Four smartly dressed old men, with their sage beards to match, carefully study a work of art that lies out of frame. A portrait of these Kunstdommere — “art judges” in Danish — by Michael Ancher is the centerpiece of the National Portrait Gallery’s current exhibition “Portraits of the World: Denmark,” which uses the idea of how artists depict themselves as a window into 20th century American portraiture. Critically, the exhibit explores artists’ identities and self-image, encouraging viewers to consider artistic communities as constantly changing and shaping each other.
Ancher’s “Kunstdommere,” with its beautiful depiction of famed artists — including Denmark’s well-known Holger Drachmann, Peder Severin Kroyer, Laurits Tuxen and Jens Ferdinand Willumsen — thoughtfully represents themes of community, collaboration and rivalry between artists. The piece sets the tone for the exhibit’s look at very aesthetically different, but perhaps not emotionally different, New York City artistic communities in the early to mid-20th century, which are also highly collaborative and cross-influential communities.
Unfortunately for a casual visitor to the gallery, the title of the exhibition is quite misleading; it concentrates not on Danish portraiture, but uses Danish realist Ancher’s famed work as context and inspiration for an exploration of American portraiture. However, the exhibit succeeds in comprehensively illuminating disparate styles and time periods, from rough etchings on paper around the time of WWI to late ’80s colorful lithographs that make use of the third dimension. The broad range allows viewers to follow progressions in American modernist art and exposes them to different perspectives on the same type of communities.
The colorful yet moody painting “Zum Brauhaus” by George Biddle in 1933 is a more modern and less stylistically realistic reinterpretation of “Kunstdommere,” depicting four of Biddle’s artist friends, including his sculptor wife, at a speakeasy called “Zum Brauhaus.” The painting is a caricature-esque depiction of pretentious types engaging in late-night conversation about art. It cleverly suggests that culture is situated in the underground scene, away from daylight and the mainstream of American life.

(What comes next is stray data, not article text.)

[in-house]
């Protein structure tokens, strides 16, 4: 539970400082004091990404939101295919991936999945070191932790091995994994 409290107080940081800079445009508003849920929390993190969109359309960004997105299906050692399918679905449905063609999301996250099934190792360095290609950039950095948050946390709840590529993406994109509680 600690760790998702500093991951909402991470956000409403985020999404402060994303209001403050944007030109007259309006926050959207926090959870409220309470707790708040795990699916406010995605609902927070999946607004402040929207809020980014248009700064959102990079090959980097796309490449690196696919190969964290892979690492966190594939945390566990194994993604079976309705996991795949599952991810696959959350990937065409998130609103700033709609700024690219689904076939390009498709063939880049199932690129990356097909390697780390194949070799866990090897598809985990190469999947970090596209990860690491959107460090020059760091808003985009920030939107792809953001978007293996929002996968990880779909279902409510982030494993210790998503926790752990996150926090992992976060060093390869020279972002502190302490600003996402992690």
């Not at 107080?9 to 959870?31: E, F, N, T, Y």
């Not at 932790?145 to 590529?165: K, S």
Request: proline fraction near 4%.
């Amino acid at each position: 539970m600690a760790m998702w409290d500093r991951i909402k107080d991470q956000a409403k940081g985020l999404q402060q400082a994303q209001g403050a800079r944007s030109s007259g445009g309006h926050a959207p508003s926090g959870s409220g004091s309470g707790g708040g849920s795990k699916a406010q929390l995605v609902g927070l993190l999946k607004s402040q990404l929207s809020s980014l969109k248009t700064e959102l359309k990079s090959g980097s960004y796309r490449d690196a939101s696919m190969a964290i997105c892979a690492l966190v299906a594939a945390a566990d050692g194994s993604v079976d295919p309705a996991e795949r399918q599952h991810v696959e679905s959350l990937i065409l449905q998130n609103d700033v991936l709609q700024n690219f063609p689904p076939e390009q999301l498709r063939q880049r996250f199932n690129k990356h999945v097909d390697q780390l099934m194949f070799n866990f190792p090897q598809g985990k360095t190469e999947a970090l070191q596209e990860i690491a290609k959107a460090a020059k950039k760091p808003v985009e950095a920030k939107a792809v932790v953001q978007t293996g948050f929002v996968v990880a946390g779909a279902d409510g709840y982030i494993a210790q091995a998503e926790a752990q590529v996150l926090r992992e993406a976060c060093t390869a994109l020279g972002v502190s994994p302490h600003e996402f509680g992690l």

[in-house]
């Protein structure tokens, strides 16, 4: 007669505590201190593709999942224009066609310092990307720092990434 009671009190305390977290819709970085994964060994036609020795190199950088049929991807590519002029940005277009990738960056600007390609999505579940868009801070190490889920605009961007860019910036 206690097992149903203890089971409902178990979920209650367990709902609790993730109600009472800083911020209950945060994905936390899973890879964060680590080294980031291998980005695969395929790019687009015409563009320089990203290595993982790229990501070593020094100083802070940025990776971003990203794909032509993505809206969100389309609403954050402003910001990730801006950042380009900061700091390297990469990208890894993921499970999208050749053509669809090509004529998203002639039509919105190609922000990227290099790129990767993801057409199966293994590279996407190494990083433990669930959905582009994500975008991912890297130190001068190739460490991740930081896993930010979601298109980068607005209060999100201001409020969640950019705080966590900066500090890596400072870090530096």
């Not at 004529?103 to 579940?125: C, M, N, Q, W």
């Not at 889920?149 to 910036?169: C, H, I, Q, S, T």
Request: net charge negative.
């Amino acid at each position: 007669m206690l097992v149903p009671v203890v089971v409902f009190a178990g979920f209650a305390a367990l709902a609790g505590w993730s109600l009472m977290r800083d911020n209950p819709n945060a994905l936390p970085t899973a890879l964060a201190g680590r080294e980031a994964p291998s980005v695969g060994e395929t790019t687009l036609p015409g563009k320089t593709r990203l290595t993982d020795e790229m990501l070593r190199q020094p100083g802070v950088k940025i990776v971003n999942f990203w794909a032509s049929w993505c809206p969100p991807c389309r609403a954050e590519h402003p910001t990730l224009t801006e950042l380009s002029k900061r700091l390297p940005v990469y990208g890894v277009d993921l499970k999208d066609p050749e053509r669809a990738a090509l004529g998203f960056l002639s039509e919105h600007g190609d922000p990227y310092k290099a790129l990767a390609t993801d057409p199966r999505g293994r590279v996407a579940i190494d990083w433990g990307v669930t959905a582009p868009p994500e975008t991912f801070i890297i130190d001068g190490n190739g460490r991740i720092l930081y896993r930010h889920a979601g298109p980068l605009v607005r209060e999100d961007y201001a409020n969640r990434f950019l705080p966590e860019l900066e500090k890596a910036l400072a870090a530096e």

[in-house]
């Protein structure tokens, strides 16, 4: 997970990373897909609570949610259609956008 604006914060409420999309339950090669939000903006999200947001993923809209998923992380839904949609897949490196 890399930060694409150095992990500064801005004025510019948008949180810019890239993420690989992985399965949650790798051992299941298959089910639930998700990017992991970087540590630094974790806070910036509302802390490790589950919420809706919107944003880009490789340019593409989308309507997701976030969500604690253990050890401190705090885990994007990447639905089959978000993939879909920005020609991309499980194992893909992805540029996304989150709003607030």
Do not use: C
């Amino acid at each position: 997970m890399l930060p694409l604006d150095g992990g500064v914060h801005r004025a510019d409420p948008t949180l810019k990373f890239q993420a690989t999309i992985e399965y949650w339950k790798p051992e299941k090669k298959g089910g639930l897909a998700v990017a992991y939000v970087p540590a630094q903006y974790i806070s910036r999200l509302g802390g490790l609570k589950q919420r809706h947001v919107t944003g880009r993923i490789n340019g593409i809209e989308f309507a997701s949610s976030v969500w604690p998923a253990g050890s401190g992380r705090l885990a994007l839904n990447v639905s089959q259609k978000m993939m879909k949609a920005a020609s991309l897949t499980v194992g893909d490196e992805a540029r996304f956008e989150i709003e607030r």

Borrowing the concept of Ancher’s “Kunstdommere” but imbuing it with a contemporary, American energy is Hans Namuth’s 1951 photograph “Barnett Newman, Jackson Pollock and Tony Smith.” What is consistent is the interaction of great artists, as both works depict friendship alongside rivalry. Namuth’s photograph, though, celebrates giants of modern art whose unconventionality defined abstract expressionism and won them great fame: Newman with his single-line paintings, Pollock with his paint splatters and Smith with his minimalist, geometric sculptures. The work is impressive for forcing viewers to consider the interaction between huge artists rather than imagining each artist in their own vacuum. This is a remarkable aspect of the exhibit as a whole; it is able to create portraits of artists as people, rather than enigmatic fixtures of history.
Though most of the exhibit’s artists are men, it does include works by Peggy Bacon, Mabel Dwight and Marion D. Freeman. Peggy Bacon’s 1925 print “Frenzied Effort” depicts a crowded room of male and female artists studying and sketching a nude model. Though off-center, the model is a clear focal point of the print and is accentuated by slightly thicker and darker lines. The community Bacon depicts is one joined by dedication to their craft. One particular artist type cannot be distinguished from the crowd in “Frenzied Effort,” as the figures all differ in dress, age and gender. The print places women artists on equal footing to male artists, which is significant for the year in which the piece was created.
Departing from the early 20th century depictions of artistic communities is Red Grooms’ 1987 sculpted paper print celebrating abstract expressionist Willem de Kooning. It offers a tone and character that is strikingly different from the others, as it focuses on the particular influence of one remarkable artist, de Kooning, rather than depicting him in conversation with other artists. Entitled “De Kooning Breaks Through,” the pun is comically obvious as the print depicts de Kooning on a bicycle literally breaking through the painting. Those familiar with some of de Kooning’s work will recognize references like de Kooning’s “Woman and Bicycle.” The bright colors and cartoon-like elements illuminate the idea that de Kooning uses mundane popular images as high art, a concept reinforced by Grooms’ own work.
“Portraits of the World: Denmark,” in spite of its title, takes viewers on a tour of artists’ self-image in 20th century American portraiture. With “Kunstdommere” as its grounding piece, the exhibit encourages consideration of the identities of artistic communities. While art pieces are often categorized and perceived in view of the artist who created them, “Portraits of the World: Denmark” encourages consideration of artists as members of a community in motion building off each other with cross-decade influence, rather than a set of stationary and isolated figures stuck in one style and time.